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About Felefar

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    Looking ar rocks, and fiddles, and other interesting stuff

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  1. Because the wood in the top is chosen for acoustical properties, not for beauty or longevity. There are many woods which look nicer and keep polish better, and are also less prone to cracking. But they don’t sound good...
  2. That has been done: https://en.m.wikipedia.org/wiki/Vebjørn_Sand_Da_Vinci_Project It should really have been a catenary arc, which is much easier to construct than to calculate: All you need to do is trace the curve if a chain, suspended from both ends. Mr Sand decided to depart from the original drawing so much that I wonder hiw they could call it the da Vinci Project. From what I have seen violin arcs are rarely catenary and maybe even more rarely circular
  3. I confess that I am baffeled, nay flabbergasted, by this recent «Leonardo’s bridge» hype. Look closely at the original sketch. Then at the CG design. Are they the same? Does every curve match, or are they even remotely similar? Did Leonardo specify the shapes of the stones, or are they a modern approximation? Did he really propose to build a bridge across the strait of Bosporous using stone blocks weighing in excess of 1000 tonnes?
  4. Thorval H(or K) Fouxemberg is what it looks like to me. I can't make the first letter of the surname be anything but an F, the next letter is o or a but most likely an o; the third is an overlined u. The following x being slighty larger than the rest is not that uncommon. E and m (or n) are hard to make out but I think it's -em-. And then probably ending in -berg. The -d at the end of Thorvald is silent in most dialects, so it was not uncommon to drop it. Very many names had a lot of "alternative spellings" in the 19th century and before: Torval, Torvald, Thorval, Thorvald, Thorwal, Thorwald, and even Thorwaldh are known spellings. Not likely to be Swedish, very unlikely to be Norwegian, possibly Danish, most likely German.
  5. Maybe Guillaume in Brussels? Or Schmidt in Dresden - those two were the first I thought of.
  6. Oils and resins are really fatty acids, so adding lime leads to saponification. Saponified oils and resons have drastically different properties than the raw fatty acids, although not as much as simpler fats like e.g. palm oil (look at your soap, it will most likey contain sodium palmitate, which is the reaction product of lye and palm oil). Calcium soaps tend to be hard and practically insoluble, which is just what we need for varnish. Addendum: Aqueous solution is not needed to call an organic acid an acid, it is enough that the formula contains one or more COOH groups.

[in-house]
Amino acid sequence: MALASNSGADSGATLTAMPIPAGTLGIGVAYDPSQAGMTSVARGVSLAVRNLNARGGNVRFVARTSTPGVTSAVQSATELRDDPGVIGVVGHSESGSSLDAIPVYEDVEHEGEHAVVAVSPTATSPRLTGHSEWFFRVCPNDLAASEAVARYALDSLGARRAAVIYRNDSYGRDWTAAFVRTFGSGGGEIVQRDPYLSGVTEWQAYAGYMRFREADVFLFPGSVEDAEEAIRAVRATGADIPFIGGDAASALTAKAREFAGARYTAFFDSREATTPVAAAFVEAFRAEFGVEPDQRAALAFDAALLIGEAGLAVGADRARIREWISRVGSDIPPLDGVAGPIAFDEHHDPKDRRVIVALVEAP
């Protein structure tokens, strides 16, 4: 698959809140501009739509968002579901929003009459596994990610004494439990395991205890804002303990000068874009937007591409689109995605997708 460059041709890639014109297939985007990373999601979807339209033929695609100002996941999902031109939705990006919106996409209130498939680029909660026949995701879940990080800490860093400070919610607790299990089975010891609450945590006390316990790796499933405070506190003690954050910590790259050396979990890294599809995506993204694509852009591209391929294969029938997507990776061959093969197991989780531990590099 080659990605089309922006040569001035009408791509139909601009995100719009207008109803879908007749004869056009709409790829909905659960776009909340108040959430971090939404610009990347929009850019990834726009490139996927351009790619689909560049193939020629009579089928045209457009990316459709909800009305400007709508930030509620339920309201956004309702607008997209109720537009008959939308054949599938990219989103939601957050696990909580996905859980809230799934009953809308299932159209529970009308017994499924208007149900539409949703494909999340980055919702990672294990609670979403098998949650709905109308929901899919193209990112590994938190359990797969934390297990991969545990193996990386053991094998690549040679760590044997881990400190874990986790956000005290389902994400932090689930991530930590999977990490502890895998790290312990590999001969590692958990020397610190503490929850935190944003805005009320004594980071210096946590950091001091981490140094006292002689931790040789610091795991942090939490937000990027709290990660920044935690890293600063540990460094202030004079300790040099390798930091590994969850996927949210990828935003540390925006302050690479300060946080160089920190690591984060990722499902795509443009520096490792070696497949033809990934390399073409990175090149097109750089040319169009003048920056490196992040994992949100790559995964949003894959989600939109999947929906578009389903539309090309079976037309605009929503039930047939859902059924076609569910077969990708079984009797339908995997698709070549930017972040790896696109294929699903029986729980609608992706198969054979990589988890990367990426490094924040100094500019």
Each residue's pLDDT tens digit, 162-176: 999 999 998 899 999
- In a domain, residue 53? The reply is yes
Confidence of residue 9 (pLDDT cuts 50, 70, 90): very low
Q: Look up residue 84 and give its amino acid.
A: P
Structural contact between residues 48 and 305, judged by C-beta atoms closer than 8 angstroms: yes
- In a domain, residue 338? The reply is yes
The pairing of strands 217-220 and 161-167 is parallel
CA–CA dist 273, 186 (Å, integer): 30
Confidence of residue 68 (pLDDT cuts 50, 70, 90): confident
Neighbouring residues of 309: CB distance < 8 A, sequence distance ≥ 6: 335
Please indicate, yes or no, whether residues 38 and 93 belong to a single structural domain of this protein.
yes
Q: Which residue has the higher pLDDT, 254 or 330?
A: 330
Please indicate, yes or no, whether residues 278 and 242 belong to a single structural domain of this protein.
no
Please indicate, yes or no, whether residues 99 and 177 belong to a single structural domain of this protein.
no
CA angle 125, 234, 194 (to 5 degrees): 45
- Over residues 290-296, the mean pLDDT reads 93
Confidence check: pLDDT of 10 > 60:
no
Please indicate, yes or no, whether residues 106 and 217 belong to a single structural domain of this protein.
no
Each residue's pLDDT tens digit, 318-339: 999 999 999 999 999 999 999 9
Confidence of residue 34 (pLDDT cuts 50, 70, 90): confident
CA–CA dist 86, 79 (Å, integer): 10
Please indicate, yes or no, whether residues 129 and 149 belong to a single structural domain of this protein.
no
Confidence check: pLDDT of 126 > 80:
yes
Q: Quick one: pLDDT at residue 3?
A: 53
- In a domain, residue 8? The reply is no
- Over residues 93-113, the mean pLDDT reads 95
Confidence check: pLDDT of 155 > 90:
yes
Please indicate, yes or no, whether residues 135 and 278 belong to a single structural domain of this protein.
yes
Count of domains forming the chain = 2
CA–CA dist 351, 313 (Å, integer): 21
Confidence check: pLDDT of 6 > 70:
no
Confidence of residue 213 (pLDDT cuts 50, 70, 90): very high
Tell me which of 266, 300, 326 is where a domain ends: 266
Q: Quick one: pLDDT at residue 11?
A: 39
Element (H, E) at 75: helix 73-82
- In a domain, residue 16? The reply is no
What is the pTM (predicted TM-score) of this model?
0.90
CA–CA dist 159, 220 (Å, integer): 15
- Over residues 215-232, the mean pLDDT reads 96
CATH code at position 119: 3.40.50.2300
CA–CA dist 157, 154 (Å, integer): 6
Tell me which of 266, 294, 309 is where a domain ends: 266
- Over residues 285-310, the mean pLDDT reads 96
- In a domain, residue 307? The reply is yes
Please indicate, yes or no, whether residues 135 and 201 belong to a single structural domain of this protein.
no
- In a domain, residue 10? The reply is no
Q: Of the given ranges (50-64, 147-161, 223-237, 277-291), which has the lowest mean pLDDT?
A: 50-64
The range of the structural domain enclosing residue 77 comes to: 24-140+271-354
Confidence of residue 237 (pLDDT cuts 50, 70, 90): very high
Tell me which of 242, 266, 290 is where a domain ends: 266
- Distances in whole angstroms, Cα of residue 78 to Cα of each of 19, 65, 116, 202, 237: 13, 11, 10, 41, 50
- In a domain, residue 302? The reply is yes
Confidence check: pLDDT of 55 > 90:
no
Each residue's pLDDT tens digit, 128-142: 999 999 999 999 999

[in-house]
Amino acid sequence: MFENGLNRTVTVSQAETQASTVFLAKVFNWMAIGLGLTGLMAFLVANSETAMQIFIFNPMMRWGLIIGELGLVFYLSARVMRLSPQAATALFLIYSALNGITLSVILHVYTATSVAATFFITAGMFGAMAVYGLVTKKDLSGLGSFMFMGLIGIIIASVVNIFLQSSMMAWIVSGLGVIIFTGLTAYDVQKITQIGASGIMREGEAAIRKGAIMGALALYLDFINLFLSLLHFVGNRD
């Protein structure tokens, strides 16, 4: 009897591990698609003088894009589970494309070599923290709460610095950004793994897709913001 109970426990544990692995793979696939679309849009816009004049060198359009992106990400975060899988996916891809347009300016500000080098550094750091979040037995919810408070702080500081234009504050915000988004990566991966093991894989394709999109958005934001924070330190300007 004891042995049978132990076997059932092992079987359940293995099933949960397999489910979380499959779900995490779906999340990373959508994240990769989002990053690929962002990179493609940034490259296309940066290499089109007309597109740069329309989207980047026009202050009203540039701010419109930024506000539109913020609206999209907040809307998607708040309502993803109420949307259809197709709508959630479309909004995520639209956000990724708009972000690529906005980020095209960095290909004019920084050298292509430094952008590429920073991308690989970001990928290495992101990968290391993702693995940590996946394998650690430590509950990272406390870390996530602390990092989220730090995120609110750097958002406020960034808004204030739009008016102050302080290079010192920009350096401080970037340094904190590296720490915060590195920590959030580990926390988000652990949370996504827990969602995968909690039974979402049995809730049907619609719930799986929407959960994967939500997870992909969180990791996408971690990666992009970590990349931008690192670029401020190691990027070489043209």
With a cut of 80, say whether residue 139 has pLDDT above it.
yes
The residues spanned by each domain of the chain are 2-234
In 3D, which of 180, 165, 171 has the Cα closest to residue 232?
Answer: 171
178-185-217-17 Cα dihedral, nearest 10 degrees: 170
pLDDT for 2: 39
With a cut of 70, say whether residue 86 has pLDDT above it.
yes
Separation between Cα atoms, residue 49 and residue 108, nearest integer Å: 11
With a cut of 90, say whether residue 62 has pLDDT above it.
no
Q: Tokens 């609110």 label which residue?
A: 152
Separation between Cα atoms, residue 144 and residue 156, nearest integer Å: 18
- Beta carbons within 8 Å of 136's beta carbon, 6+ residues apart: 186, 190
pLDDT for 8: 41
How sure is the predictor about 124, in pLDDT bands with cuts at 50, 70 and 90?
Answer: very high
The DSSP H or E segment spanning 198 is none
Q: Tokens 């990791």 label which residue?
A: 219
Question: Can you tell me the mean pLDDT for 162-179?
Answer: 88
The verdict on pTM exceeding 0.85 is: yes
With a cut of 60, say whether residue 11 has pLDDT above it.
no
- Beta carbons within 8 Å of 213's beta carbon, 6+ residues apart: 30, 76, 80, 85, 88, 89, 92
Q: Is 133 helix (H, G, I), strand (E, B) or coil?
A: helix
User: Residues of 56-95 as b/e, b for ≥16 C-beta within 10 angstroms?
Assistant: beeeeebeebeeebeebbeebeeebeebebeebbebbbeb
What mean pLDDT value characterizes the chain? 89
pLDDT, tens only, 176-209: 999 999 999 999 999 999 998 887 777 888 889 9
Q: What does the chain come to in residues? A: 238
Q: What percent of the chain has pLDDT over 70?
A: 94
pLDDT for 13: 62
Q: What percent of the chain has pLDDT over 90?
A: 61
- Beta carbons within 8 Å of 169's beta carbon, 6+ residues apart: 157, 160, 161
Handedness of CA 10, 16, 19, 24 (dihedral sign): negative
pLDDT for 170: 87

7. In from the sidelines of not knowing anything at all - what about the old integral bass bars? They were used for a very long time, and must surely have worked well enough? Was there a standard thickness for those too?
  8. What about compressional anisotropy? Is the Lucchi meter always used to measure speed of sound along the grain, or are users sloppy in the directionality? Speed of sound is one important measure in my work (oil geologist, specialising in wellbore log interpretation), and velocity anisotropy is one of the things we always have to watch out for. We tend to state velocities in microseconds per foot, one of the very few non-metric measures we can’t seem to get rid of.
  9. I suspect that many experts decide on whether or not it is pernambuco or merely brazil wood by the general quality of the bow - if it is a good bow, it is pernambuco. If not, it is brazil wood or "fruitwood". I have a very pale L Morizot bow, very thick, and a very dark (almost black) slender L Panormo bow. They are both pernambuco, according to the experts.
  10. Cut it out on good 100g/sq.m paper. The weigh the paper on a precise scale. 1 gram is 1/100 square meter or one square dm. 0.01 gram is one square centimeter, which is about the limit if resolution on this. Before modern computerized nethods, mineral distributions in thin sections of rocks was determined in a similar way, using tin foil instead of paper. When I was a young geology student I printed photos on thick photo paper, cut out all the grain shapes and sorted them according to mineral, and weighed the heaps. I only did this once, to prove that my alternative computerized version gave the same result, but it still works for a one-off - at least on simple shapes. Come to think of it, good tin foil would be better...
  11. Furniture makers (at least in Scandinavia) use steam forming, steaming the wood under pressure and then bending it to shape. I imagine that is a bit of the same as using an iron, except that the steaming is done in a separate step?
  12. They do. Wood shrinkage and expansion with changes in humidity have to be taken into account when building any large wood construction. Space needs to be left in for differential expansion.
  13. Dutzenarbeit is the work of a dozen makers, each specialising in one component as opposed to one maker making every part himself. It does not necessarily mean lower quality.
  14. I'm planning a trip to Voss to show it to a fiddlemaker, as luthiers don't know what to make of it.
  15. This one rings on all tones, on all strings, and changing the tailpiece made no difference. I have decided to try to sell it to a fiddler who wants to avoid the hassle of tuning nine strings on a Hardanger fiddle.